The Mississippi Department of Transportation announced this week the first round of road paving projects stemming from the new lottery have been approved.
The contracts awarded this week will have little, if any, effect on the heart of the Delta, which continues to suffer from deteriorating infrastructure.
We know that every county in the state is suffering from deteriorating infrastructure, but state officials would have been wise to include at least one impactful project in our region.
Economic development organizations, business recruiters and mayors already have a difficult time recruiting and retaining businesses in the heart of the Delta due to deteriorating education, population and workforce.
Those issues will continue to haunt us, but as tens of thousands of citizens – most who struggle financially - in the Delta buy lottery tickets every day, it would stand to reason that they should see some sort of return on that investment.
There are probably projects for our region in the pipeline.
We’ll probably see a stretch of road or two get paved in the next year, but the Delta needs more than that.
This region is long overdue for a comprehensive infrastructure plan geared toward making each county more attractive to outside businesses.
Over the course of the next few years, MDOT will be playing catchup with the lottery revenue.
The state is already billions of dollars behind when it comes to properly funding infrastructure, but that does not mean that we shouldn’t be planning for when this shortfall hopefully is under control.
The region has to take some responsibility in the matter and do a better job of educating children and reducing its brain drain, but the state cannot continue to keep pumping money into the same regions, neglecting the Delta and expecting a different outcome.
Sales Tax Shortfall
The sales tax disbursement data released by the Mississippi Department of Revenue last week does not yet reflect the eventual shortfall municipalities are expecting in the months ahead.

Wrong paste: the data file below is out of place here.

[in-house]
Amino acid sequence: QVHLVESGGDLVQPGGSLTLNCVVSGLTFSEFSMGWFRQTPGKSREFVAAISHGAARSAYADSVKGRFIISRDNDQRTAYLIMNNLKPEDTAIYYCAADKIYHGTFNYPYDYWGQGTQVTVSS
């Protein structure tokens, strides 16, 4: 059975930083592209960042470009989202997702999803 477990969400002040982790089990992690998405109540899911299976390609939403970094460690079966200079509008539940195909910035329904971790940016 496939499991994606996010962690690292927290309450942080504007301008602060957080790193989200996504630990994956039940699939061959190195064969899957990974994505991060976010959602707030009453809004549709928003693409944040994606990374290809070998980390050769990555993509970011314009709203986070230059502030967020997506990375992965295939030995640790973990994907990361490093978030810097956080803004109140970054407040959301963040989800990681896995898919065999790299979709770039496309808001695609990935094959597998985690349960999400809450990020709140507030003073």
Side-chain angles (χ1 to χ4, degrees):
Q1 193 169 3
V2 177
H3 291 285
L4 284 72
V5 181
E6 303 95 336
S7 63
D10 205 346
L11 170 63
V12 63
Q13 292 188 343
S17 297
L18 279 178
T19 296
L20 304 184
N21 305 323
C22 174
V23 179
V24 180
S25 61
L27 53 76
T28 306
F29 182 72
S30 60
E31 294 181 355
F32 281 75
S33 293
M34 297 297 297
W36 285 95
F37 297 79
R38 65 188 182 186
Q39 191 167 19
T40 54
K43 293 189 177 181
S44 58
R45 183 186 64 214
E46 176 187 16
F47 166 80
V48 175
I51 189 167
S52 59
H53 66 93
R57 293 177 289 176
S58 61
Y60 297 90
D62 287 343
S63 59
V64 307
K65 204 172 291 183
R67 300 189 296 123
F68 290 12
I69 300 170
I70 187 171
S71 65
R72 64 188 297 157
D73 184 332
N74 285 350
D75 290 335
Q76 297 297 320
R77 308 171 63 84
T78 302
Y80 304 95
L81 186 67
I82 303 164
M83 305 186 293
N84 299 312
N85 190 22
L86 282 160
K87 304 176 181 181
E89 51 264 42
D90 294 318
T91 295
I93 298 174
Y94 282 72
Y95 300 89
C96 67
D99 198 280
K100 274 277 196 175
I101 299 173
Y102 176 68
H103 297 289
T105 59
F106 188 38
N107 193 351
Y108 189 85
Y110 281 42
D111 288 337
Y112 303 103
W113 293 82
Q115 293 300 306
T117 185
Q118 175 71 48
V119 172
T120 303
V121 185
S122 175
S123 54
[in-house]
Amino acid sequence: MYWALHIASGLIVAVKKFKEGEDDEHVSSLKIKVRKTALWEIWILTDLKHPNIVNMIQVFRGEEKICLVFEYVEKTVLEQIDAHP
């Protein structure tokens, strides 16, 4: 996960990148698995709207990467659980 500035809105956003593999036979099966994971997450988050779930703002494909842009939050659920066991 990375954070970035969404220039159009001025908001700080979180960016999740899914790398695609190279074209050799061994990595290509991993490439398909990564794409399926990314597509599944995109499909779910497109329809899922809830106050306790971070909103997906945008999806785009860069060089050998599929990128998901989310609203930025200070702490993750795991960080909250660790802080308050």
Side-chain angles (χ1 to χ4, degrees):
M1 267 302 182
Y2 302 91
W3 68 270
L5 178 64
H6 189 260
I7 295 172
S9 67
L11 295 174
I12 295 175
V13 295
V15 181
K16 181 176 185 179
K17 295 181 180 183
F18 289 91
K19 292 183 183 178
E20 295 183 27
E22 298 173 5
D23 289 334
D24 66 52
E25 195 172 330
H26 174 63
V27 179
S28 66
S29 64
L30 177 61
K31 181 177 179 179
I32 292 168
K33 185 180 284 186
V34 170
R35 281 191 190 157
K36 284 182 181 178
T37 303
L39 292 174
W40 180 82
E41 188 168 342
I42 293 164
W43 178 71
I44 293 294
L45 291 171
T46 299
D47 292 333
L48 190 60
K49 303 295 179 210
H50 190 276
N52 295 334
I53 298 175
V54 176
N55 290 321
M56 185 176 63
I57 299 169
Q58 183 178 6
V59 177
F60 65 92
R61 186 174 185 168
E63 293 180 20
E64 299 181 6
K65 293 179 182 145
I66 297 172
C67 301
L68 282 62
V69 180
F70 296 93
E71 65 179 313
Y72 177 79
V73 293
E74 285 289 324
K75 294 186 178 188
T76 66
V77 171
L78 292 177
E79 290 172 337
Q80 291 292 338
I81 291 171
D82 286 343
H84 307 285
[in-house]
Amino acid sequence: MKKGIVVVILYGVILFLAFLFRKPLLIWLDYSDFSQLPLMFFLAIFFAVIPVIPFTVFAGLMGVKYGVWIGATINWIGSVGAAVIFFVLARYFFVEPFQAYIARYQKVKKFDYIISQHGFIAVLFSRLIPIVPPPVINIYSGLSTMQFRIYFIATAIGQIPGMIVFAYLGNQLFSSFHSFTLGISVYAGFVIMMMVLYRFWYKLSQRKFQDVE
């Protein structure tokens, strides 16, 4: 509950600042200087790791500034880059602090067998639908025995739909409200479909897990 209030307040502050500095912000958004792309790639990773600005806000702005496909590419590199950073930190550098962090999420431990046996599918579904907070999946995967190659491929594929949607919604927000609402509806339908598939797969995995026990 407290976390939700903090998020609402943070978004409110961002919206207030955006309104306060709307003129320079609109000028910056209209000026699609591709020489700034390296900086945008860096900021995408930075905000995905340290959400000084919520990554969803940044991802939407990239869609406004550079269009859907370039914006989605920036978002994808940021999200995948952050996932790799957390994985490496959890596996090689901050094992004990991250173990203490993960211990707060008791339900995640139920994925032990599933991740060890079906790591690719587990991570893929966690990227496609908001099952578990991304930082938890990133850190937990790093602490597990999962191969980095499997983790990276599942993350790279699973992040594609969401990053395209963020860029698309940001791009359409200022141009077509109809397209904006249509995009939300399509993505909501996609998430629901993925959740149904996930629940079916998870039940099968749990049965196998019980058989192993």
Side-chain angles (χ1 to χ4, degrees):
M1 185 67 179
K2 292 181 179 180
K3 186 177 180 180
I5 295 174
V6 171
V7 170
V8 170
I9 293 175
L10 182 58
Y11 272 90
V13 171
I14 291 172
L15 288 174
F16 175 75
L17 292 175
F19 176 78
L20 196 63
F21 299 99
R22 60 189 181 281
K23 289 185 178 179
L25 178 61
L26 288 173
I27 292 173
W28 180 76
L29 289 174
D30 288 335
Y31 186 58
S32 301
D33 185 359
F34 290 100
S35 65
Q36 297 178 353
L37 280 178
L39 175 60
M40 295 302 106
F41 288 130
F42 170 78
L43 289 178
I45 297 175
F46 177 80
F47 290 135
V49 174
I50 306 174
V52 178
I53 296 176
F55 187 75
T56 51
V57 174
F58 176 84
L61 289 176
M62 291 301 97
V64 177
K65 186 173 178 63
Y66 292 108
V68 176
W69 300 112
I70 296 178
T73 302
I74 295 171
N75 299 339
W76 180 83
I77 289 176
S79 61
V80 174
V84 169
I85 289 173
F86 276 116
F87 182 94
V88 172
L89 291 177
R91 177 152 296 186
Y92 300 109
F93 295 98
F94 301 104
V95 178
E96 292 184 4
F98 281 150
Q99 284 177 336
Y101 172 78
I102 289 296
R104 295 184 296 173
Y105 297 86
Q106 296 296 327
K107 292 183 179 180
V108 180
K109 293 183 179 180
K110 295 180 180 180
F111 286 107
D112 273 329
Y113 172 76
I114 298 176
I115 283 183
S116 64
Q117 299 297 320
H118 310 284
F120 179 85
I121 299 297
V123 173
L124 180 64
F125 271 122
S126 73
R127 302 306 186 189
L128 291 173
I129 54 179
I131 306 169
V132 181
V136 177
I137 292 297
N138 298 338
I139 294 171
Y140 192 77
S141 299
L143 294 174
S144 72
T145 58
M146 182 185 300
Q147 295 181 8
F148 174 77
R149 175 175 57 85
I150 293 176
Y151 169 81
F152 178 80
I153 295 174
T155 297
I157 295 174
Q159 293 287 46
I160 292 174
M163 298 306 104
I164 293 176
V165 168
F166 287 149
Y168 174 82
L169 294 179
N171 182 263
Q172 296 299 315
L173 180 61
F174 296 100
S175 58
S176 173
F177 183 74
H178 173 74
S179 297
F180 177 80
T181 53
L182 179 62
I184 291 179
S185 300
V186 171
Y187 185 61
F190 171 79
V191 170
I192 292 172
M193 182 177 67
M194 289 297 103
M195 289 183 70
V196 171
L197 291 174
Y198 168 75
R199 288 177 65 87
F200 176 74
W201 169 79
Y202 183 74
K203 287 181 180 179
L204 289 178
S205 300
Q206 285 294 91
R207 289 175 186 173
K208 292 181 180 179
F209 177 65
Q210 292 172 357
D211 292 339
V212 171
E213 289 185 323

Indianola actually had a modest increase in sales tax revenue in March, but those numbers will likely change as we head into a potential third month of closure for the city’s biggest tourist attraction in the B.B. King Museum.
The museum’s closure is impactful for many reasons.
For one, the museum depends heavily on visitors, and those visitors dine at our restaurants and stay at our motels.
The museum also services all of Sunflower County through education programs and hosting events like conferences and weddings.
With a multimillion dollar expansion in progress, we are looking forward to the days when the doors to the museum and the country are reopened.
Even with the economic devastation the coronavirus has caused, it will never be said that folks in Indianola failed to do their part to help.
So many of our local restaurants have been able to keep their doors open because people have been more dedicated to buying local and eating out, even if it is curbside pickup.
Hopefully this trend will get us over the hump, and we will begin to see an uptick in sales tax revenue as fall approaches.
It has been truly amazing to see how the citizens in this town and in Sunflower County have dedicated themselves to shopping at local restaurants and shops during this difficult time.
We are certainly all in this together, and thankfully, there is light at the end of the tunnel.